A few days ago we released pglogical, a fully open-source logical replication solution for PostgreSQL, that’ll hopefully get included into the PostgreSQL tree in a not-too-distant future. I’m not going to discuss about all the things enabled by logical replication – the pglogical release announcement presents a quite good overview, and Simon also briefly explained the advantages of logical replication in another post a few days ago.
Instead I’d like to talk about one particular aspect mentioned in the announcement – performance comparison with existing solutions. The pglogical page mentions
… preliminary internal testing demonstrating a 5x increase in transaction throughput (OLTP workloads using pgBench ) over other replication methods like slony and londiste3. So let’s see where the statement comes from.
This post explains the details for the benchmarks we performed to find the maximum “sustainable” throughput (transactions per second) each of the solutions can handle without lagging. To do that I’ve ran a number of pgbench tests on a pair of i2.4xlarge AWS instances with varying number of clients, and measuring the throughput on the master and how long it took the standby to catch up (if it was lagging). The results were then used to compute an estimate of the maximum throughput on the standby node.
For example let’s say we’ve been running pgbench with 16 clients for 30 minutes, and we’ve measured 10000 tps on the master, but the standby was lagging and took another 15 minutes to catch up. Then the maximum sustainable throughput estimate is
tps = (transactions executed) / (total runtime until standby caught up)
tps = (30 * 60 * 10.000) / (45 * 60) = 18.000.000 / 2.700 = 6.666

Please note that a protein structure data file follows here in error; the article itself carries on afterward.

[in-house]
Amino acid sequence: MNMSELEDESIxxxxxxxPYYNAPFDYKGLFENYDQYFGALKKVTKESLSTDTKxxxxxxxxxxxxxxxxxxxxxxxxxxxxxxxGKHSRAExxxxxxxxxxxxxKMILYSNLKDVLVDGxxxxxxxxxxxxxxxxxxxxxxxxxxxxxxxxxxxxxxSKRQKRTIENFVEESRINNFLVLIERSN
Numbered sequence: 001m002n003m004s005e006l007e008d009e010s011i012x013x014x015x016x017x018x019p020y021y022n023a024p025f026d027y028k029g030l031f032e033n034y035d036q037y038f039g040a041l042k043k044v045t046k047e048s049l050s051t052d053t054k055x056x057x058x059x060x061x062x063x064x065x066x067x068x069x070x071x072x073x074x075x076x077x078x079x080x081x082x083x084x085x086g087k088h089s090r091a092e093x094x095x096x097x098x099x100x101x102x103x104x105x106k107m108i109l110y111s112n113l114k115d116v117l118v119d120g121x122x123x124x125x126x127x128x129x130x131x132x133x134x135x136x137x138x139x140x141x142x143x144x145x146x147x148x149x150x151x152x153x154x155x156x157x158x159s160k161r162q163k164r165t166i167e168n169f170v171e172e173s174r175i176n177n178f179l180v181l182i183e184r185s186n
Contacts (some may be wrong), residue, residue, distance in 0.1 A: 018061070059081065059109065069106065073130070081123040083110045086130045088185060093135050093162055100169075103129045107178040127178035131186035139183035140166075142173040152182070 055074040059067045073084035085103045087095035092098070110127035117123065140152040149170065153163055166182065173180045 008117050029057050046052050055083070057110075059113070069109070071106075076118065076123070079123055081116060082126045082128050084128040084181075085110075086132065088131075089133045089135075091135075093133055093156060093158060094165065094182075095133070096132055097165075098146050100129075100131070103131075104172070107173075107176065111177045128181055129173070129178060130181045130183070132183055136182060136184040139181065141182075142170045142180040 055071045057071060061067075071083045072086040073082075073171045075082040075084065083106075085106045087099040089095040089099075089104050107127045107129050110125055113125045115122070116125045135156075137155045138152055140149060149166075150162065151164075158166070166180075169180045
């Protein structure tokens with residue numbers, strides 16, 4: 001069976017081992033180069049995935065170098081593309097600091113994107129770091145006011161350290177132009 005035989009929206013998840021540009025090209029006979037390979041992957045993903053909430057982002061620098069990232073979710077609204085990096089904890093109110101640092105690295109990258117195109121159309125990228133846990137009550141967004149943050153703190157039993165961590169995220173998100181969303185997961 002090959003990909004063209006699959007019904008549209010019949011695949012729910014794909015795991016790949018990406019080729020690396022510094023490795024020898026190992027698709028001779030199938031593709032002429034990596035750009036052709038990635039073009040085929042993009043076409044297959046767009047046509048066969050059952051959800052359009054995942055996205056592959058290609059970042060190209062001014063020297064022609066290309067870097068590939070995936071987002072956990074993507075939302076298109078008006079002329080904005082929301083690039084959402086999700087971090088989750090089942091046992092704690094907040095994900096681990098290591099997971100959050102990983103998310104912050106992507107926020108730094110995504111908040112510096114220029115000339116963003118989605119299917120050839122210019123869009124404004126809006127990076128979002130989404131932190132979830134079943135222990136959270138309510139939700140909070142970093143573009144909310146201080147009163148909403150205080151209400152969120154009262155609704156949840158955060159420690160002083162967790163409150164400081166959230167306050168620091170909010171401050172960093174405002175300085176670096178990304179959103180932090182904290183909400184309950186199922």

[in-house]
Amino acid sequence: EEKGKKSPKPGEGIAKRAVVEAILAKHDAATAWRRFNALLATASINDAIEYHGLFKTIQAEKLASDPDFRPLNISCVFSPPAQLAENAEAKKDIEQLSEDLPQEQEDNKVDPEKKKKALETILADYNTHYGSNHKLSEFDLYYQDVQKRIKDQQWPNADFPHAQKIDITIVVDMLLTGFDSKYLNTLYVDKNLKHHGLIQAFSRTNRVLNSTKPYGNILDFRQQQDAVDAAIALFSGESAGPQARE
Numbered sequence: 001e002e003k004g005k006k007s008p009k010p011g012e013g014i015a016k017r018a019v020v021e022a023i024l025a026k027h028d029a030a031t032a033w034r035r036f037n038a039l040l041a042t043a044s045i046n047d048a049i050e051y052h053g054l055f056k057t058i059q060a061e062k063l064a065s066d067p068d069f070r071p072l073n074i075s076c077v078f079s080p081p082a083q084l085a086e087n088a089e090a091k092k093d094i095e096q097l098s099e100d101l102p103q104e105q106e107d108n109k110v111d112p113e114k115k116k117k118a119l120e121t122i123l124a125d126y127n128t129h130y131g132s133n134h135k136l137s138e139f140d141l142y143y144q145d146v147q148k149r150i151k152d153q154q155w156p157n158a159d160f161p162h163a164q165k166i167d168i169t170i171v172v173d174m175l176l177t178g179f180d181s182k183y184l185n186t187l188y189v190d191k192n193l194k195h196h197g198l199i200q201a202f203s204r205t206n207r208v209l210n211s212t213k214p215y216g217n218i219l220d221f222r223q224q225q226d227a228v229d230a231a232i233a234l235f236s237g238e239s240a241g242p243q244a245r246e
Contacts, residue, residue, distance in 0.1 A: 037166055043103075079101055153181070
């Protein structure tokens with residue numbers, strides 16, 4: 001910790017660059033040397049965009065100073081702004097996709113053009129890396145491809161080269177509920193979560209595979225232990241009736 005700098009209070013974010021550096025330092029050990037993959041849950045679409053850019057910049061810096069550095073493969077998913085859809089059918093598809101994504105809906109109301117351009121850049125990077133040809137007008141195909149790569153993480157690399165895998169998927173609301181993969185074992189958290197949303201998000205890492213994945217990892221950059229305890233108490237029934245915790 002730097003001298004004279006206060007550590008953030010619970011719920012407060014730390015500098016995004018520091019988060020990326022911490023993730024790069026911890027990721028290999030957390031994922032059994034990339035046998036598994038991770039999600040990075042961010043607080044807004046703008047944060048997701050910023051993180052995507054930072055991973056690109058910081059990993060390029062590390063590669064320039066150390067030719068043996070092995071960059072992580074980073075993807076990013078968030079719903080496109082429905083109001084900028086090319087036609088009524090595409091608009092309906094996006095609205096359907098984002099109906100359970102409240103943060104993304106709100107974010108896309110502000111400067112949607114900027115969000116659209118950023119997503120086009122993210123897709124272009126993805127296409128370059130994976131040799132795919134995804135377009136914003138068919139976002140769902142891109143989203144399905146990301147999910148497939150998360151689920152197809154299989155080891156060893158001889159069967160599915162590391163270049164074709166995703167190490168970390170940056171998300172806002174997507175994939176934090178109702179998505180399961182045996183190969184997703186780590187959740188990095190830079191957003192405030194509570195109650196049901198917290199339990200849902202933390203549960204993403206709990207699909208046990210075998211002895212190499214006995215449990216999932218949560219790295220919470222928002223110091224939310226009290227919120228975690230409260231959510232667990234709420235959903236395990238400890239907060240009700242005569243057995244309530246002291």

So in that case the maximum sustainable throughput on the standby is 6.666 tps, i.e. only ~66% of the transaction rate measured on the master.
The benchmark was performed on a pair of i2.4xlarge AWS instances, configured in the same placement group (so with ~2Gbit network connection between them), and 4x SSD drives configured in RAID-0 (so I/O is unlikely to be a problem here). The instances have ~122GB of RAM, so the data set (pgbench with scale 5000) fits into RAM. All the tests were performed on PostgreSQL 9.5.0 with exactly the same configuration:
checkpoint_timeout = 15min
effective_io_concurrency = 32
maintenance_work_mem = 1GB
max_wal_size = 8GB
min_wal_size = 2GB
shared_buffers = 16GB
For all replication systems, the most recent available version was used, particularly
and a simple replication was set up as described in the tutorials (both use the pgbench example used for the benchmark).
The results presented next also include streaming replication (asynchronous mode) to give you a better idea of the overhead associated with logical replication. The transaction rates are not the “raw” numbers as measured by pgbench, but the “sustainable” rates computed using the formula presented at the beginning of this post.